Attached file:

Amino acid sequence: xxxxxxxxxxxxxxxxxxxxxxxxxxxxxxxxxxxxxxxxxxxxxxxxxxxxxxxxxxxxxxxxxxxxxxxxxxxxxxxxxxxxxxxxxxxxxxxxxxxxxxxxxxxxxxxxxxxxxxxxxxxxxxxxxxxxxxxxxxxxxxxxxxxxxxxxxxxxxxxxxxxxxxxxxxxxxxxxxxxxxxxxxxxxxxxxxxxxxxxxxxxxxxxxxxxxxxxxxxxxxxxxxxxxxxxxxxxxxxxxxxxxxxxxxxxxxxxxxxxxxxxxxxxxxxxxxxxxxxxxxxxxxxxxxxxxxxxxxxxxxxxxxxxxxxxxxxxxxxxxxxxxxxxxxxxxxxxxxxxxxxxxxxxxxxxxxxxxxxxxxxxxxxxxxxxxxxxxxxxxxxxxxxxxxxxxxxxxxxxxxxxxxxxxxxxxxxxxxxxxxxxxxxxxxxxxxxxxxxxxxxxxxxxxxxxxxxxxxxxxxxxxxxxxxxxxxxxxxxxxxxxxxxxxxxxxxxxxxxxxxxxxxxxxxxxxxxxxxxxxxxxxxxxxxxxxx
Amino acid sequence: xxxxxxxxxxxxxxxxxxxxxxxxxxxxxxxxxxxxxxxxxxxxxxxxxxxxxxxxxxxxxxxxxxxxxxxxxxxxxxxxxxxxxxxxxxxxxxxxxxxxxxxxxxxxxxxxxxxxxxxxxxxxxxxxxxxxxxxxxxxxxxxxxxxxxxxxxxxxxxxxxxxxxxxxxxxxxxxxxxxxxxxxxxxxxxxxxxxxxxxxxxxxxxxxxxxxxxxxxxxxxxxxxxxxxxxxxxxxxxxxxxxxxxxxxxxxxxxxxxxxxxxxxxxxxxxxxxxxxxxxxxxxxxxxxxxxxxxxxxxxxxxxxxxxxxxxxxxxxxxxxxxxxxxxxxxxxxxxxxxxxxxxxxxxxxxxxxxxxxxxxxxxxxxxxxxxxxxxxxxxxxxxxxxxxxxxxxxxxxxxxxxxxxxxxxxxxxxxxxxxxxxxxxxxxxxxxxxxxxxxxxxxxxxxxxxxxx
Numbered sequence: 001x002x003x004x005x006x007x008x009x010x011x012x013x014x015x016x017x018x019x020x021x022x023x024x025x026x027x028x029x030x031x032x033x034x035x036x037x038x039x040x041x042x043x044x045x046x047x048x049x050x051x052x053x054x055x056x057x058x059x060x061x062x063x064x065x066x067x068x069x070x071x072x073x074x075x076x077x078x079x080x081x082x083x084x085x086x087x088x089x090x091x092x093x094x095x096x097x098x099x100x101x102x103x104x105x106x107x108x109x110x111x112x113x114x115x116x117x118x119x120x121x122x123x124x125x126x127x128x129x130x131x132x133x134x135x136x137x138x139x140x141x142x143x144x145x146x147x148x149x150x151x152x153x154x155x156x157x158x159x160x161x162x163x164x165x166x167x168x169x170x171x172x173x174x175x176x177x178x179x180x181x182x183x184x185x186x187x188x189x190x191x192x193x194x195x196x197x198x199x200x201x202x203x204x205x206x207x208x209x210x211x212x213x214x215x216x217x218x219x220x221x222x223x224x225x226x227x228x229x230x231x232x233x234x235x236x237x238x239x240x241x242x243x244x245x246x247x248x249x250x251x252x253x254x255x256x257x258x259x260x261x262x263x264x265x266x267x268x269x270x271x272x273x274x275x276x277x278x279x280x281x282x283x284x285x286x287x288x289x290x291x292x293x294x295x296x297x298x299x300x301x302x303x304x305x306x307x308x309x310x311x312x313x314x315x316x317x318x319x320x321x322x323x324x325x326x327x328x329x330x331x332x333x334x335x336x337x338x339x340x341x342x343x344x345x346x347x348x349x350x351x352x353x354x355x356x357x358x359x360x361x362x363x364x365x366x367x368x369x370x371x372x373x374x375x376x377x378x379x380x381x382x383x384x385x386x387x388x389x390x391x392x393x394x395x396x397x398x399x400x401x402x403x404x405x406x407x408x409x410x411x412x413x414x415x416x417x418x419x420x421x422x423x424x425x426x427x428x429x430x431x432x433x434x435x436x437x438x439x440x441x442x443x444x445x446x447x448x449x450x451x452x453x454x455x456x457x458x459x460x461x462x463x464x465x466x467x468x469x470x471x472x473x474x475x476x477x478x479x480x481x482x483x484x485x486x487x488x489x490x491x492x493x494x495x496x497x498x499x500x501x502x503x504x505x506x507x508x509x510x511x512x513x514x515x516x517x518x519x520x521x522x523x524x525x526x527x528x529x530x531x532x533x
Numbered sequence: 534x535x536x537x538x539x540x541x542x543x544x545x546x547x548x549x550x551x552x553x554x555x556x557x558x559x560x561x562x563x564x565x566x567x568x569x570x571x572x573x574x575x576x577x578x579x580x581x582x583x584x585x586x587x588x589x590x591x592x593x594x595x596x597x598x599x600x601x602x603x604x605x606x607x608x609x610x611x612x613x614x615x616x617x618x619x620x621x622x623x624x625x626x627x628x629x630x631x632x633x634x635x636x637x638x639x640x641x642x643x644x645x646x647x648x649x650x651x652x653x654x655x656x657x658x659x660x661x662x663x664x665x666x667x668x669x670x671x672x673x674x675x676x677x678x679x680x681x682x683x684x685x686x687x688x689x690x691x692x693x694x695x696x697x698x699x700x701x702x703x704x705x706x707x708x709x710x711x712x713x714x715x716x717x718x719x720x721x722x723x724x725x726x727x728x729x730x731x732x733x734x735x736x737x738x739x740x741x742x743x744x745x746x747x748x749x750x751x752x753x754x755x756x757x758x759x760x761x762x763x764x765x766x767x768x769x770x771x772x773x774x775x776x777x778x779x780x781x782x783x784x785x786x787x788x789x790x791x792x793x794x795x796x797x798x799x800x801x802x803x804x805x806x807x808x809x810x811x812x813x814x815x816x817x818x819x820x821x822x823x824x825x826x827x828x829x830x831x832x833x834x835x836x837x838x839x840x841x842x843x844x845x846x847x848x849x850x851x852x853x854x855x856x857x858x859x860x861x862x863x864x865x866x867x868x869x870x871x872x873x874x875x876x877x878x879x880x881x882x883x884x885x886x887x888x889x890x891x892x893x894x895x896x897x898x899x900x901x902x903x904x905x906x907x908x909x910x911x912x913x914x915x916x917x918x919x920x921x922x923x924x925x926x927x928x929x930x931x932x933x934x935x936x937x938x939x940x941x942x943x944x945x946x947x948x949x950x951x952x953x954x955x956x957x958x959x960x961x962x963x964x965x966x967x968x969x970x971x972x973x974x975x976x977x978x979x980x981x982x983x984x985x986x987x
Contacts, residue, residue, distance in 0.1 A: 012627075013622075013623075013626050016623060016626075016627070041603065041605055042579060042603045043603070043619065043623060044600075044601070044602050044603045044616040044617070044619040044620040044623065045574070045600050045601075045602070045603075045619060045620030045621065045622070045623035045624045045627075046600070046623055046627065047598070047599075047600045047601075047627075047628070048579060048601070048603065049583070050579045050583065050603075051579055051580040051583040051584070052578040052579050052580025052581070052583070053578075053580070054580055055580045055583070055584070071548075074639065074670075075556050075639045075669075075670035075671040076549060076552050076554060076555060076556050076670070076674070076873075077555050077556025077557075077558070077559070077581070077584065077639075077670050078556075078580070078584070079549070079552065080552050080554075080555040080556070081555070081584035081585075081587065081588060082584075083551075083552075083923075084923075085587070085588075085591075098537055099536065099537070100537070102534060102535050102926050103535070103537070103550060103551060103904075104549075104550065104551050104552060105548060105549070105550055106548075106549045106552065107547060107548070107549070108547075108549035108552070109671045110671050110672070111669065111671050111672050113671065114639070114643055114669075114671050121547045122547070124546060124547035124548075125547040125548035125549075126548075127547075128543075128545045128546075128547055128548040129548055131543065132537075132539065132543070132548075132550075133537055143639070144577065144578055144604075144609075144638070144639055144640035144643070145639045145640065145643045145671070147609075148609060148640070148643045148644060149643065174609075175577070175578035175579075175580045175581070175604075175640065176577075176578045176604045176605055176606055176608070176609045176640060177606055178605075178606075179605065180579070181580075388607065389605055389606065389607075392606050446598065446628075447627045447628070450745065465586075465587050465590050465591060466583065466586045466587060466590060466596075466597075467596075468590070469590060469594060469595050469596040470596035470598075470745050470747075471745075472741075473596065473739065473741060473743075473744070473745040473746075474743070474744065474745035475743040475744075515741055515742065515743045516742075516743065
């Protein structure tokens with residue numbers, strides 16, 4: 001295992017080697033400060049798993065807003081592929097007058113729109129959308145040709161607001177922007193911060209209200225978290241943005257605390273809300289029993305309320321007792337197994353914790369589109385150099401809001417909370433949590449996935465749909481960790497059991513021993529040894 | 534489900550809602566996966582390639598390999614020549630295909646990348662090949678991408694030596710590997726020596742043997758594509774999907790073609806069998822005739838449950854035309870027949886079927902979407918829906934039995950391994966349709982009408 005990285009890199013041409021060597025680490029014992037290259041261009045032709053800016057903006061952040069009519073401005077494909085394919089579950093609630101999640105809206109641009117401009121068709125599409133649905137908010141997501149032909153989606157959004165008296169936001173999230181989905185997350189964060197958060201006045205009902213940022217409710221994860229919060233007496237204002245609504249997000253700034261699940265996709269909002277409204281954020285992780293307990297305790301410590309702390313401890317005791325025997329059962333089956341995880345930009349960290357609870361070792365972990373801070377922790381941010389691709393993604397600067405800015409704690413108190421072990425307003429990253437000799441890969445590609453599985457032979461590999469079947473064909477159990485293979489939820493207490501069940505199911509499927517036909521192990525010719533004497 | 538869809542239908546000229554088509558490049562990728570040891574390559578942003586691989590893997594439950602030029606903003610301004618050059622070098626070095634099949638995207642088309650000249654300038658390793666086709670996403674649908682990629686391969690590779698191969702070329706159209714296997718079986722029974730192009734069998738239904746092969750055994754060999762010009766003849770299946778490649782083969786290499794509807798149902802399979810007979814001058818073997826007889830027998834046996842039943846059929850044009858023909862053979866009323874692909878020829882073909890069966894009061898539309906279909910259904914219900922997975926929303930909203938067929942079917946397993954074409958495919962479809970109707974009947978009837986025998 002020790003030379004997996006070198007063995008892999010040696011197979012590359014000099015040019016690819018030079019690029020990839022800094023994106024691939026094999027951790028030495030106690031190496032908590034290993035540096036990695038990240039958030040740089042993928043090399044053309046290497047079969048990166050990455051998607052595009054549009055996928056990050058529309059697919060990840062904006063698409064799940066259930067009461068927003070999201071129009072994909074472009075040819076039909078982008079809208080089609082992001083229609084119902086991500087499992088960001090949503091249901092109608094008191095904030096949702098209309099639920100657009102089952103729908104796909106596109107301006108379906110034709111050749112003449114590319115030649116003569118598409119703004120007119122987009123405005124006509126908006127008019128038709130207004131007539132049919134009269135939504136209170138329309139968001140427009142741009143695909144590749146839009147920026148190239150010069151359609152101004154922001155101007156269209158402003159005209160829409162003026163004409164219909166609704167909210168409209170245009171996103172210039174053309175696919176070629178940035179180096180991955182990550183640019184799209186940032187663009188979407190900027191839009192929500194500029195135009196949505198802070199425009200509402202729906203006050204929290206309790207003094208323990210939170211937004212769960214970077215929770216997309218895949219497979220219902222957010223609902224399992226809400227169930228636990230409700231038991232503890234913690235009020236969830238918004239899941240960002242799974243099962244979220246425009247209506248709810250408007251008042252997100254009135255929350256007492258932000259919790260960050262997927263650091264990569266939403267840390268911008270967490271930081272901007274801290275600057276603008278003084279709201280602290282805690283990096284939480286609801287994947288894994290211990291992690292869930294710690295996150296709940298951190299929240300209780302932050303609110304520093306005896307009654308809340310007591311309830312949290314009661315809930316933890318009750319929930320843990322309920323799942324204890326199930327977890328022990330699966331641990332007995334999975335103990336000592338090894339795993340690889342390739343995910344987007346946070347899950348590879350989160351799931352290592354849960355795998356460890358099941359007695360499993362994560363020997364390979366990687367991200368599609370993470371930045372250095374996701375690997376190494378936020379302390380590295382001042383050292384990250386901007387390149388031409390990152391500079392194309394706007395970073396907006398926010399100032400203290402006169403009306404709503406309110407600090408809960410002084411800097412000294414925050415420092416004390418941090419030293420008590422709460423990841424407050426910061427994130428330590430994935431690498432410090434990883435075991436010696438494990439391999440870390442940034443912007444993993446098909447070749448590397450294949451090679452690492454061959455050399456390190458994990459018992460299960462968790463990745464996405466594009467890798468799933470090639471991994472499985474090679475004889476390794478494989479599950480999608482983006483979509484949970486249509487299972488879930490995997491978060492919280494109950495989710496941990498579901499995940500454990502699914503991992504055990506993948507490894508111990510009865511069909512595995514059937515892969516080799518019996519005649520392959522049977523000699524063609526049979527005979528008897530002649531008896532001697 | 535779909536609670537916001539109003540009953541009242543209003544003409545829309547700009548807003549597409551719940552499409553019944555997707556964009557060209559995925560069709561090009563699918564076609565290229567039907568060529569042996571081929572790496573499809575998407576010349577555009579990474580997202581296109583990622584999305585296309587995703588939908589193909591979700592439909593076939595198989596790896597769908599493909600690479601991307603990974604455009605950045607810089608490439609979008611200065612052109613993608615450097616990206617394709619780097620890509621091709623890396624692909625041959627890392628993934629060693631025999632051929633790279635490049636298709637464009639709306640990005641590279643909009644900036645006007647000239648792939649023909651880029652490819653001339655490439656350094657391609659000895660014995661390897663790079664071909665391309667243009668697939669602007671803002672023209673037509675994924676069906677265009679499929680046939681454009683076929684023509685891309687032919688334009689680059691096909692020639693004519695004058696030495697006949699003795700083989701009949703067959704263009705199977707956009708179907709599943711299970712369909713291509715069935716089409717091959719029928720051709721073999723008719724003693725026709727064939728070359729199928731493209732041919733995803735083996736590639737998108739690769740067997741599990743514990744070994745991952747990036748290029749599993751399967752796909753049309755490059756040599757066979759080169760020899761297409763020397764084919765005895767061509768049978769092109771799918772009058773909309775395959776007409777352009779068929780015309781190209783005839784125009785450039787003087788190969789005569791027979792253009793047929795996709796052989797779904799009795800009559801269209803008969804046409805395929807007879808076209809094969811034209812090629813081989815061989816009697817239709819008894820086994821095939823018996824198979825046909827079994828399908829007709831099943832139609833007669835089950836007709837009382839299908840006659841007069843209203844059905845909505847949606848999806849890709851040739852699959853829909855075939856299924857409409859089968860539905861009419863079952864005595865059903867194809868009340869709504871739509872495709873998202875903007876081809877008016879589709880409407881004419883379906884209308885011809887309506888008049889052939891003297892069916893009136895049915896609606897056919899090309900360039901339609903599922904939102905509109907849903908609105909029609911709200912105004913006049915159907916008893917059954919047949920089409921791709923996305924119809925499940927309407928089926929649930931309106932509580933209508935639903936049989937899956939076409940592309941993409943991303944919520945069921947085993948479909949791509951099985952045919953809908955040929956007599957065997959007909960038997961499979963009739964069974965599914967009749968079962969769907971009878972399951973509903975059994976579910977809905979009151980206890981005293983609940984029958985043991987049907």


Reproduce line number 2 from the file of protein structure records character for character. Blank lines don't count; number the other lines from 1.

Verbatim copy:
Amino acid sequence: xxxxxxxxxxxxxxxxxxxxxxxxxxxxxxxxxxxxxxxxxxxxxxxxxxxxxxxxxxxxxxxxxxxxxxxxxxxxxxxxxxxxxxxxxxxxxxxxxxxxxxxxxxxxxxxxxxxxxxxxxxxxxxxxxxxxxxxxxxxxxxxxxxxxxxxxxxxxxxxxxxxxxxxxxxxxxxxxxxxxxxxxxxxxxxxxxxxxxxxxxxxxxxxxxxxxxxxxxxxxxxxxxxxxxxxxxxxxxxxxxxxxxxxxxxxxxxxxxxxxxxxxxxxxxxxxxxxxxxxxxxxxxxxxxxxxxxxxxxxxxxxxxxxxxxxxxxxxxxxxxxxxxxxxxxxxxxxxxxxxxxxxxxxxxxxxxxxxxxxxxxxxxxxxxxxxxxxxxxxxxxxxxxxxxxxxxxxxxxxxxxxxxxxxxxxxxxxxxxxxxxxxxxxxxxxxxxxxxxxxxxxxxxxxxxxxxx